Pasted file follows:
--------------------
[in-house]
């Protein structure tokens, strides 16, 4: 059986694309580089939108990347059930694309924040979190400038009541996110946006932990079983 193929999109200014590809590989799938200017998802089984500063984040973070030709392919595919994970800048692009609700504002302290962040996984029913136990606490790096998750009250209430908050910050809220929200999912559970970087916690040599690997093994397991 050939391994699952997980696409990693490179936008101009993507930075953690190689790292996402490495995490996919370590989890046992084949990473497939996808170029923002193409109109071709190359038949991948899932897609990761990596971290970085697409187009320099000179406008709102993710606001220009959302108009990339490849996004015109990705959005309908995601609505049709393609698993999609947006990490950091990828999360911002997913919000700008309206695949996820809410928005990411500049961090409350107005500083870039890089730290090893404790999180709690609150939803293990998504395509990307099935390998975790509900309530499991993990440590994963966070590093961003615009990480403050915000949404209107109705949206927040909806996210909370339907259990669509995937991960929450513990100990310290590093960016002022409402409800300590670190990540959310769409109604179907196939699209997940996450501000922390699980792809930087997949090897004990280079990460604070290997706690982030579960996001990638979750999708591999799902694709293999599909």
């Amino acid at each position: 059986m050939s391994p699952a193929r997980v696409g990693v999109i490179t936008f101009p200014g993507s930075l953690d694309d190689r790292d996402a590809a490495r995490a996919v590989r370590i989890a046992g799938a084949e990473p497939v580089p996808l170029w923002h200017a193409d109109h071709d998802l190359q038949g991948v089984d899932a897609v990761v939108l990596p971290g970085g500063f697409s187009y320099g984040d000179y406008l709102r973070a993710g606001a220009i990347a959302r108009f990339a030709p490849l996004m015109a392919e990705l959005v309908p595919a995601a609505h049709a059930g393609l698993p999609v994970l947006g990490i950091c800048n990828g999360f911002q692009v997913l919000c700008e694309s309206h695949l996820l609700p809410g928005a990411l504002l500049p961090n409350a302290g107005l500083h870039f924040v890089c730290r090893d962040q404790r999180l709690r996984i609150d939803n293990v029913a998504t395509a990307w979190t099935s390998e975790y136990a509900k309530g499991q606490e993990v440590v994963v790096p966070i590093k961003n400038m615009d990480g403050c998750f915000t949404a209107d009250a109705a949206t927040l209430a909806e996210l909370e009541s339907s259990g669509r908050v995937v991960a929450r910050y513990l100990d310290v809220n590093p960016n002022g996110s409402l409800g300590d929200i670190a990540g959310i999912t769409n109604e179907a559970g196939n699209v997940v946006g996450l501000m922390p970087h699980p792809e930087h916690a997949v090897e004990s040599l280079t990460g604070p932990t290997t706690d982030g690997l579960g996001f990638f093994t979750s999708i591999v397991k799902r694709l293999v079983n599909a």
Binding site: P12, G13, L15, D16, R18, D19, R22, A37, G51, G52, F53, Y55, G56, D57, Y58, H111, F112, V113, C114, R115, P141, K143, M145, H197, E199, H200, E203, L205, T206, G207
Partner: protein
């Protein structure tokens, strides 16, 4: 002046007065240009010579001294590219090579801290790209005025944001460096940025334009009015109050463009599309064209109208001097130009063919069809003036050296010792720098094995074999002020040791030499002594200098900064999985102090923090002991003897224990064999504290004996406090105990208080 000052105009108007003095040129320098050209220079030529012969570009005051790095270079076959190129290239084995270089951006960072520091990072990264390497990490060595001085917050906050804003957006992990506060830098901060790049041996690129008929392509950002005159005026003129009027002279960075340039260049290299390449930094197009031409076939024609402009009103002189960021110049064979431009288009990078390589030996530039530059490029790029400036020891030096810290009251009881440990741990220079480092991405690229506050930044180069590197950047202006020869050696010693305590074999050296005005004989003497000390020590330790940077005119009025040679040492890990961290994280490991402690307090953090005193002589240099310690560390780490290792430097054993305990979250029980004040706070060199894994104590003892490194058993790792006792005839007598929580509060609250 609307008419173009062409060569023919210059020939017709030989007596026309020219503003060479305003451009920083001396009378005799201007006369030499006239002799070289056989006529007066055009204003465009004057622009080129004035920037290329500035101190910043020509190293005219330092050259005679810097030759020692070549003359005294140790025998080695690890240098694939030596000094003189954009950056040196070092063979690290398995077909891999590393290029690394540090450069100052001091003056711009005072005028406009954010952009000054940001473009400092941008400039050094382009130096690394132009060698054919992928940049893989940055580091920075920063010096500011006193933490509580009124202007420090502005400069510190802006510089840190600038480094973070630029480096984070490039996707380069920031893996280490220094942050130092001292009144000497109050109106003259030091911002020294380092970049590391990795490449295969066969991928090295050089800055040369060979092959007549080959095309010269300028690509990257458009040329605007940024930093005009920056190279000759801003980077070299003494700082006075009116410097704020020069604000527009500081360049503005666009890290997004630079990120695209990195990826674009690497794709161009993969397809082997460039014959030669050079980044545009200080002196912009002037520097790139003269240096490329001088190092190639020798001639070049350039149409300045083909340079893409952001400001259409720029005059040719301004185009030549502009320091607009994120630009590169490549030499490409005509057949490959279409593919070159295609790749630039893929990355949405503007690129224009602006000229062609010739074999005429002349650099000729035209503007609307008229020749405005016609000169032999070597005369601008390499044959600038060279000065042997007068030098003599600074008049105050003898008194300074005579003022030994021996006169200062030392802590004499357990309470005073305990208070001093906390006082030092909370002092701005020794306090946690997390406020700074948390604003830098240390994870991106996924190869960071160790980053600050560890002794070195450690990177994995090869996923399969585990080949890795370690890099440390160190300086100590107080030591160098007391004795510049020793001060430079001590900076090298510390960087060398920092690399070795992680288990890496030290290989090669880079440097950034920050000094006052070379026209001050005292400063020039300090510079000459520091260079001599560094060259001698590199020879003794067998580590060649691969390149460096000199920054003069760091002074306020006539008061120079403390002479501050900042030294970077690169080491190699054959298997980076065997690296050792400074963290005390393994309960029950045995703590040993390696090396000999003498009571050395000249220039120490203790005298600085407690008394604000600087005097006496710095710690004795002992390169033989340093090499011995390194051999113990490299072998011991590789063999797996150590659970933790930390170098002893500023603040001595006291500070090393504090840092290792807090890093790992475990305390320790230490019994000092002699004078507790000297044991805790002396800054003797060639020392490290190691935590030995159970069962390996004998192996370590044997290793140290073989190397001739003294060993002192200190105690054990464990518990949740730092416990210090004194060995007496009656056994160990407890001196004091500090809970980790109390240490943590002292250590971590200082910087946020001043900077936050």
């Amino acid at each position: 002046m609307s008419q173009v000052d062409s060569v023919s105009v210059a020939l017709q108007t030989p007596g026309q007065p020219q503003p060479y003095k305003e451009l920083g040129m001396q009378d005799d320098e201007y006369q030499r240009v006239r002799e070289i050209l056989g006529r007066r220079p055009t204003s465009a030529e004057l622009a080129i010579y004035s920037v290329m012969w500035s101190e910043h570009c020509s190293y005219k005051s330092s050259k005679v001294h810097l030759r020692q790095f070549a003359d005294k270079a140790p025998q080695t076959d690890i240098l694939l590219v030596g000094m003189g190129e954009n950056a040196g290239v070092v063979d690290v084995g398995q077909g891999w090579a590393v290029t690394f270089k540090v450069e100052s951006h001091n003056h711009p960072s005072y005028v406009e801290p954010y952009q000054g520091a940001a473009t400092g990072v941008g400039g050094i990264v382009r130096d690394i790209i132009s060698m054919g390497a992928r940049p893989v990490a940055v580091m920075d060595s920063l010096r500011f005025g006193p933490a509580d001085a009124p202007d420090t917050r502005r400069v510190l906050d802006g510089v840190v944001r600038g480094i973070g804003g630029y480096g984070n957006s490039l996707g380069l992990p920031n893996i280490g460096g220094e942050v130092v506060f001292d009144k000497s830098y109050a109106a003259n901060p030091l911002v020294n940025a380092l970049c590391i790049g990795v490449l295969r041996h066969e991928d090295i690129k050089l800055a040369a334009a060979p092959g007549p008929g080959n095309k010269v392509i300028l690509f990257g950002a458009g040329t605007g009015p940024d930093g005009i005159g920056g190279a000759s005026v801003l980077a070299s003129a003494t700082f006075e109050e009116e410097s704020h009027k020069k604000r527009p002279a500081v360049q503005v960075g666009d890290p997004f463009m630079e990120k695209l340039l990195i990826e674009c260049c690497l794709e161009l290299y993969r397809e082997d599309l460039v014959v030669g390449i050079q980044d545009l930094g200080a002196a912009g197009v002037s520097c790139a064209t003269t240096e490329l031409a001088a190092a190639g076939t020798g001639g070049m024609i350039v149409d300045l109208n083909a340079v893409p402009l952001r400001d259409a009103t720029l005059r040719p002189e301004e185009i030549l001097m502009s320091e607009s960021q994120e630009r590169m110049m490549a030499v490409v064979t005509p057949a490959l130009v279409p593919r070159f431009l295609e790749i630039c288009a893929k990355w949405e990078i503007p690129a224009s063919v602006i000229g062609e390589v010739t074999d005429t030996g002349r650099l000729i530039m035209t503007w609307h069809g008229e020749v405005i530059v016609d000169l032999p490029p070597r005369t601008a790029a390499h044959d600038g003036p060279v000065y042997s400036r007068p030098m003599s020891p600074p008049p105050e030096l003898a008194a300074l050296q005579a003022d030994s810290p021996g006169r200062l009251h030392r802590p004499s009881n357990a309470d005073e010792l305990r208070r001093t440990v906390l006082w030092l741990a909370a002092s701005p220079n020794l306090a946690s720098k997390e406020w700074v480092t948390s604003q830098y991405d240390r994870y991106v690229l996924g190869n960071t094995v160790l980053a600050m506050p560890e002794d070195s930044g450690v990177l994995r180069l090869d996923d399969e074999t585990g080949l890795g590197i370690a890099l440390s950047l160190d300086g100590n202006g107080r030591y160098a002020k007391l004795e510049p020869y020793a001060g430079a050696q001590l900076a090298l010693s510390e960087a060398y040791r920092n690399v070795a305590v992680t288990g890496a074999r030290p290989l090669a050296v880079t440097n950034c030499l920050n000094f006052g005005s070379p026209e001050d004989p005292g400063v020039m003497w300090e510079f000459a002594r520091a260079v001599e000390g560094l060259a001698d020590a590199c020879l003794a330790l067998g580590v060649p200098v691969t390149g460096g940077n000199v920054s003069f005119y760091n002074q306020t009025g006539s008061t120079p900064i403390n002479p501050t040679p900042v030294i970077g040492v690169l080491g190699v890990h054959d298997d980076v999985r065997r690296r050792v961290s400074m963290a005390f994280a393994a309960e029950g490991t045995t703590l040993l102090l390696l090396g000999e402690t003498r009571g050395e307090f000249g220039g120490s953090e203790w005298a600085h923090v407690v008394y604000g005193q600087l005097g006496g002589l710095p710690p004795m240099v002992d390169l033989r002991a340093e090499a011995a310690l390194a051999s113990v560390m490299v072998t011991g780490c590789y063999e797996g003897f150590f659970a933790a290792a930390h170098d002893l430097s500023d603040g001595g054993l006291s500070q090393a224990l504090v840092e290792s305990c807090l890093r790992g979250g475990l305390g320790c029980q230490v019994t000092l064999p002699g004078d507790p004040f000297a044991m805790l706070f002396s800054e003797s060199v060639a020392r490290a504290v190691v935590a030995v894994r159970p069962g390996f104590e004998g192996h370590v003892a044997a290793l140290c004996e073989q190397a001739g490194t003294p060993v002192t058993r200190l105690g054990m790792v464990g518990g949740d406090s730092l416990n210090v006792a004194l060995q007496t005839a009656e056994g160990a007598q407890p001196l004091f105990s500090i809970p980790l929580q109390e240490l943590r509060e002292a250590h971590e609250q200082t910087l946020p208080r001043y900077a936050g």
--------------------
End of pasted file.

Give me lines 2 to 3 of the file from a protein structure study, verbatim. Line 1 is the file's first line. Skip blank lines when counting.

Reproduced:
């Protein structure tokens, strides 16, 4: 059986694309580089939108990347059930694309924040979190400038009541996110946006932990079983 193929999109200014590809590989799938200017998802089984500063984040973070030709392919595919994970800048692009609700504002302290962040996984029913136990606490790096998750009250209430908050910050809220929200999912559970970087916690040599690997093994397991 050939391994699952997980696409990693490179936008101009993507930075953690190689790292996402490495995490996919370590989890046992084949990473497939996808170029923002193409109109071709190359038949991948899932897609990761990596971290970085697409187009320099000179406008709102993710606001220009959302108009990339490849996004015109990705959005309908995601609505049709393609698993999609947006990490950091990828999360911002997913919000700008309206695949996820809410928005990411500049961090409350107005500083870039890089730290090893404790999180709690609150939803293990998504395509990307099935390998975790509900309530499991993990440590994963966070590093961003615009990480403050915000949404209107109705949206927040909806996210909370339907259990669509995937991960929450513990100990310290590093960016002022409402409800300590670190990540959310769409109604179907196939699209997940996450501000922390699980792809930087997949090897004990280079990460604070290997706690982030579960996001990638979750999708591999799902694709293999599909």
């Amino acid at each position: 059986m050939s391994p699952a193929r997980v696409g990693v999109i490179t936008f101009p200014g993507s930075l953690d694309d190689r790292d996402a590809a490495r995490a996919v590989r370590i989890a046992g799938a084949e990473p497939v580089p996808l170029w923002h200017a193409d109109h071709d998802l190359q038949g991948v089984d899932a897609v990761v939108l990596p971290g970085g500063f697409s187009y320099g984040d000179y406008l709102r973070a993710g606001a220009i990347a959302r108009f990339a030709p490849l996004m015109a392919e990705l959005v309908p595919a995601a609505h049709a059930g393609l698993p999609v994970l947006g990490i950091c800048n990828g999360f911002q692009v997913l919000c700008e694309s309206h695949l996820l609700p809410g928005a990411l504002l500049p961090n409350a302290g107005l500083h870039f924040v890089c730290r090893d962040q404790r999180l709690r996984i609150d939803n293990v029913a998504t395509a990307w979190t099935s390998e975790y136990a509900k309530g499991q606490e993990v440590v994963v790096p966070i590093k961003n400038m615009d990480g403050c998750f915000t949404a209107d009250a109705a949206t927040l209430a909806e996210l909370e009541s339907s259990g669509r908050v995937v991960a929450r910050y513990l100990d310290v809220n590093p960016n002022g996110s409402l409800g300590d929200i670190a990540g959310i999912t769409n109604e179907a559970g196939n699209v997940v946006g996450l501000m922390p970087h699980p792809e930087h916690a997949v090897e004990s040599l280079t990460g604070p932990t290997t706690d982030g690997l579960g996001f990638f093994t979750s999708i591999v397991k799902r694709l293999v079983n599909a």